First up is a demo from Mark Bacino; a track recorded during the ‘Million Dollar Milkshake’ sessions. Mark has three superb albums out at the time of writing, but any new bits are always welcomed! Download ‘So Does Mary (demo)’ here.

Edward O’Connell has kindly offered a stripped back, alternate version of ‘I Heard It Go’, a track featured in its original form on his excellent ‘Our Little Secret’. Grab it here!

Finally, Mick Terry has given us three demos to share. Each of these tracks can be heard in their finished versions on his debut disc ‘The Grown Ups’, which is well worth checking out.
Hoxton Song (boggia)’ ‘The Usher’s Tale (2009 demo)’ ‘Ringing Like a Bell (demo edit)

REAL GONE would like to say a big thank you to Mark, Edward and Mick for giving these tracks so they can be shared with you all. If you like these songs, please take the time to visit each of the musicians at their respective websites (links below) to say hello – and maybe consider buying their albums if you haven’t already.

What do you mean “but I don’t like power pop”?!

Okay then. Here’s something for the rest of you.
Here’s the legendary Tom Jones, celebrating the resurrection of Jesus through the medium of dance:

www.markbacino.com
www.edwardoconnell.com
www.mickterry.co.uk

April 2011

SHADOWMAN – Watching Over You

shadowmanFor those unfamiliar, Shadowman presents the union of four musicians already very well known on the UK rock circuit. The band combines the talents of FM vocalist Steve Overland and Heartland guitarist Steve Morris with the Thunder rhythm section – Chris Childs and Gary ‘Harry’ James on bass and drums respectively. Their fourth album, ‘Watching Over You’ sounds exactly as you’d expect for an album featuring those musicians, though that’s not necessarily a bad thing.

The album begins with ‘Across The Universe’, which is a decent mid paced rocker. Its opening bars centre around a powerful drum arrangement from James, before settling into a punchy groove. Surprisingly, it’s not especially reliant on guitar riffs (though Morris throws in fills wherever he can); the main groove of the number is provided by a clavichord funkiness, which naturally gives things a 70s edge. An organ solo paves the way for Morris to deliver an understated guitar solo full of multi-tracked qualities. It’s a strong opening track, certainly. ‘Renegades’ swiftly follows and here Shadowman adopt a more straight ahead hard rock approach, where Morris gets to play the kind of riffs and solos he’d denied himself during the opener. Even though Overland’s vocals are strong and some other elements are enjoyable, it’s a noticeably weaker number in terms of song writing.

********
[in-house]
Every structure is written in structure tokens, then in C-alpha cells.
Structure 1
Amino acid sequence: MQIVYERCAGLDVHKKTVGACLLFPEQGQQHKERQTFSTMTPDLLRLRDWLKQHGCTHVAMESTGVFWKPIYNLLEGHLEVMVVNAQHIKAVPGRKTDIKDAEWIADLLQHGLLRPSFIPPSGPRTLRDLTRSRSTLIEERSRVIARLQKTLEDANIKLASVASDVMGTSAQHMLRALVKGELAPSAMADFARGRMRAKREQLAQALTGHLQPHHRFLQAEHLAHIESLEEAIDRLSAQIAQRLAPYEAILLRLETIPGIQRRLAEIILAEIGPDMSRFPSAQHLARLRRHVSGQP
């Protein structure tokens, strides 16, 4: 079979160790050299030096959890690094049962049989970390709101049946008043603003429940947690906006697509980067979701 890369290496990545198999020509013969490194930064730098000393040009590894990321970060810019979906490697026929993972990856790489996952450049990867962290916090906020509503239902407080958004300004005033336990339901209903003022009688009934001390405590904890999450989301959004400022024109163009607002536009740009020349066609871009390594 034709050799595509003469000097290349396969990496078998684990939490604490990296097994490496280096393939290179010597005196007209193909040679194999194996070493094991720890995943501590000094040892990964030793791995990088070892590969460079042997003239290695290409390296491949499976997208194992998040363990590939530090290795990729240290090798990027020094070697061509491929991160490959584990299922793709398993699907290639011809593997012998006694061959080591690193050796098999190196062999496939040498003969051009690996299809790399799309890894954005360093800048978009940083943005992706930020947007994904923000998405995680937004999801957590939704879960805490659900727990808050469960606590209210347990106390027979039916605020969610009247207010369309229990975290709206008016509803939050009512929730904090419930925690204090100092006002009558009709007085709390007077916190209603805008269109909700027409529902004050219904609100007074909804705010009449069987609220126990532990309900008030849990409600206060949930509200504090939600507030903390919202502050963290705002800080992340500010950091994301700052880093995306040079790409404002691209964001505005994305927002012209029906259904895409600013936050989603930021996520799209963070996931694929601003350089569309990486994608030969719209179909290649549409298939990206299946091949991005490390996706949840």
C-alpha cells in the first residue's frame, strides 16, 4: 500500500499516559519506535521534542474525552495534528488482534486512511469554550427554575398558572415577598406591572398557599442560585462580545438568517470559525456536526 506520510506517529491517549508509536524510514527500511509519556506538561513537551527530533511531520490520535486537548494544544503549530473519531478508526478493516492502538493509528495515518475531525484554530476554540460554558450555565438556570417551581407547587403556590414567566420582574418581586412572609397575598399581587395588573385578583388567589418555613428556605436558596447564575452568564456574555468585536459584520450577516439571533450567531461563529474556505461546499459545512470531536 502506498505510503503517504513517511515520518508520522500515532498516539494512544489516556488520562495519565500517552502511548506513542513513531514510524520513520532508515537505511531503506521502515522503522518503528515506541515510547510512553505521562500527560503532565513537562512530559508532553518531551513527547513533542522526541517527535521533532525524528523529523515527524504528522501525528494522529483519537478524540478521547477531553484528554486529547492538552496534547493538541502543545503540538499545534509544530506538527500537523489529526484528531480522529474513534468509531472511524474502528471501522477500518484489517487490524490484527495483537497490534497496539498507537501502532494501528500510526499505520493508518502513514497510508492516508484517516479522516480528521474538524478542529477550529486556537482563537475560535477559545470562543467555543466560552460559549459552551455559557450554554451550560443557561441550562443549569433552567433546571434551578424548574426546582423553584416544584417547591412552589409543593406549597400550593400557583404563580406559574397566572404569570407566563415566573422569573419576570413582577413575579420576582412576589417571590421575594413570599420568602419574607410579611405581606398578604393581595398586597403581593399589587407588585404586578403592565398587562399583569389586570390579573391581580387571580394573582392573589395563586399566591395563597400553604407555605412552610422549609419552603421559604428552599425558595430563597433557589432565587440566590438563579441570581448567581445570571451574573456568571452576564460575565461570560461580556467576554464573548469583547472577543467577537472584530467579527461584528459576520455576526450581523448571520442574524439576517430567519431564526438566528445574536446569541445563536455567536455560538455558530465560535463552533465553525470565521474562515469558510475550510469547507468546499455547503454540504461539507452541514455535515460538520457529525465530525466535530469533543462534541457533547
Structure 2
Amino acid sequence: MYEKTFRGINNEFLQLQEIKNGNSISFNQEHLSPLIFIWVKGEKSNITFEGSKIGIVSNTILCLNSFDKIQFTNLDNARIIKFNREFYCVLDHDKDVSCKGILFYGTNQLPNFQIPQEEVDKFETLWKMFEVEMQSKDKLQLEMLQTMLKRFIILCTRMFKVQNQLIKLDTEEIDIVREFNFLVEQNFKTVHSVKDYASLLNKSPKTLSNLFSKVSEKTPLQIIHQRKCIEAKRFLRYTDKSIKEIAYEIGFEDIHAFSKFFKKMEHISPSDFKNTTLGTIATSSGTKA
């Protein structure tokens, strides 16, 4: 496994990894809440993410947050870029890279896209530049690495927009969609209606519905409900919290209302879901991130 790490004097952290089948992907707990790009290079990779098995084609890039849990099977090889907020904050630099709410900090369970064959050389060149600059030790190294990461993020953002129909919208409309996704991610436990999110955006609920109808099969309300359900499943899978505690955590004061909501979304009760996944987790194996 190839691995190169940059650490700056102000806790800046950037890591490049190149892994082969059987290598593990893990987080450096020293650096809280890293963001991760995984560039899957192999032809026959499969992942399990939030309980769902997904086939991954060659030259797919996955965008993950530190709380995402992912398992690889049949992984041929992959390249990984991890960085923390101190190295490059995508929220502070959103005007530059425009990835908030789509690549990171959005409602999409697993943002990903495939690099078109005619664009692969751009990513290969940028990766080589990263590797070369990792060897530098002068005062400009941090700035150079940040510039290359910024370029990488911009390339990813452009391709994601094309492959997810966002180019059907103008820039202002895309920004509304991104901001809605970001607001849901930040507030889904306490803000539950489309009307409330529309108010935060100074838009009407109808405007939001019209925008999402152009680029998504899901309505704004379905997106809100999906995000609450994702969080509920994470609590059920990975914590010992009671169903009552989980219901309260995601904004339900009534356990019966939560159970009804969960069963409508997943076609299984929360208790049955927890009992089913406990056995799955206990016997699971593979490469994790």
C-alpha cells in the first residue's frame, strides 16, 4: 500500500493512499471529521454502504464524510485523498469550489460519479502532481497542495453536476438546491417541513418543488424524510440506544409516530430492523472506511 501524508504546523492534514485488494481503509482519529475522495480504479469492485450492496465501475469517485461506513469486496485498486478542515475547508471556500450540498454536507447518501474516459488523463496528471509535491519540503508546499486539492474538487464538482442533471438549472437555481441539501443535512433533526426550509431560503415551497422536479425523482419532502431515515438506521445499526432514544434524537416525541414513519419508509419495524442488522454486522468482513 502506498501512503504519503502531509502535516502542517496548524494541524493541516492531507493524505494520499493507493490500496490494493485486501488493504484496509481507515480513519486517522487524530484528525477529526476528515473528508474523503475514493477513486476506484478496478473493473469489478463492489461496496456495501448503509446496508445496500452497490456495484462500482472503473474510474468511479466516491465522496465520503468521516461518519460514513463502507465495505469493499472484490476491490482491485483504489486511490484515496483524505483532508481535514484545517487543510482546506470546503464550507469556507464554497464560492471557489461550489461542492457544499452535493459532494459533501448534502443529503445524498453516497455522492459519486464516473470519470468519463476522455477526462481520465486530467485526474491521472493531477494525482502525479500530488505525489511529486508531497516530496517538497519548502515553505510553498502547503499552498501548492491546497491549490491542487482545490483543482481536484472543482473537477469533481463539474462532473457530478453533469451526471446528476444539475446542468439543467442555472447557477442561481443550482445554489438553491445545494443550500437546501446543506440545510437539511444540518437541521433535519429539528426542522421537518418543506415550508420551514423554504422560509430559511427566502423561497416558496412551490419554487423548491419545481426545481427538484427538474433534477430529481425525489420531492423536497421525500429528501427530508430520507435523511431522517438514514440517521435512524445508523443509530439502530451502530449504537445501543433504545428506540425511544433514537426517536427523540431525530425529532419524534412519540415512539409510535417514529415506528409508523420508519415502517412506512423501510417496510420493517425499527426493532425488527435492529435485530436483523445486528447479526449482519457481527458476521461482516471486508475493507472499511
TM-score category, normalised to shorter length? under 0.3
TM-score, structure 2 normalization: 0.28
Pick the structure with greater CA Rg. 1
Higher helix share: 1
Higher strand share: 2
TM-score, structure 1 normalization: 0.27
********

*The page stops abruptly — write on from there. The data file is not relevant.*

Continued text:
The first of the album’s truly standout moments is ‘Cry’, a huge bluesy power ballad. The vocals are strong, presenting Overland in good form, but it’s the other musicians whom really stand out, especially Steve Morris, whose guitar work is top-notch throughout, particularly both guitar solos which have a great tone. The second of these, coming at the close of the number is very subtle, as Morris lays down vibrato-edged notes sparingly over some excellent clean rhythms work. On the quiet moments, it’s also worth listening out for a few great bass runs from Childs – though due to the production values, he’s far too low in the mix.

With a shift away from hard rock towards the more AOR sound of the early FM albums, the semi-acoustic ‘Whatever It Takes’ has all the hallmarks of radio-friendly rock. The chorus is one of the album’s strongest despite having a very much by numbers quality and the use of backing vocals is effective. For the last chorus, Overland’s voice sings a lead over his own harmony vocals to predictable – yet still pleasing effect. ‘Whatever It Takes’ follows suit and even though it doesn’t offer any great musical difference, it’s a great example of melodic rock being played well with all of the necessary ingredients firmly in place. The pairing of FM’s Steve Overland and Heartland’s Steve Morris rarely sounds stronger than it does on these numbers. More semi-acoustic vibes provide the heart of ‘Heaven Waits’, but this time there’s a slightly darker tone which occasionally leans towards an eastern musical motif without embracing it fully. By the time Morris breaks into an almost Brian May inspired solo that’s full of chorus pedals, it’s obvious this number is a winner.

‘Are You Ready’ is a great mid-paced rocker, full of harmonies on its chorus. While the band sound great on this style of Bad Company inspired hard rock, there’s a gut feeling that says no matter how good Steve Overland’s delivery is here, Thunder’s Danny Bowes would absolutely wipe the floor with him vocally. A Thunder-esque vibe also runs through the swaggering rocker ‘Waiting For a Miracle’, a number which features a solid performance from Overland, a strong chorus and an another old fashioned organ solo.

While most of ‘Watching Over You’s twelve melodic rock songs are of a good quality – and certainly feature the musicians playing to their strengths – the album is let down somewhat by a thin, extremely trebly production sound. Throughout most of the disc, especially on the rockier numbers, most of Chris Childs’s bass playing barely registers, being drowned out by loud rhythm guitars and Overland’s equally loud vocal. However, if you’ve picked up the previous Shadowman albums prior to this one, you’ll certainly want this one too, although first time listeners may be wise to check out 2008’s slightly fuller sounding ‘Ghost in the Mirror’ first.

[You can catch Gary and Chris performing with Thunder at their one-off reunion at the High Voltage festival, Victoria Park, London – July 24th 2011]

April 2011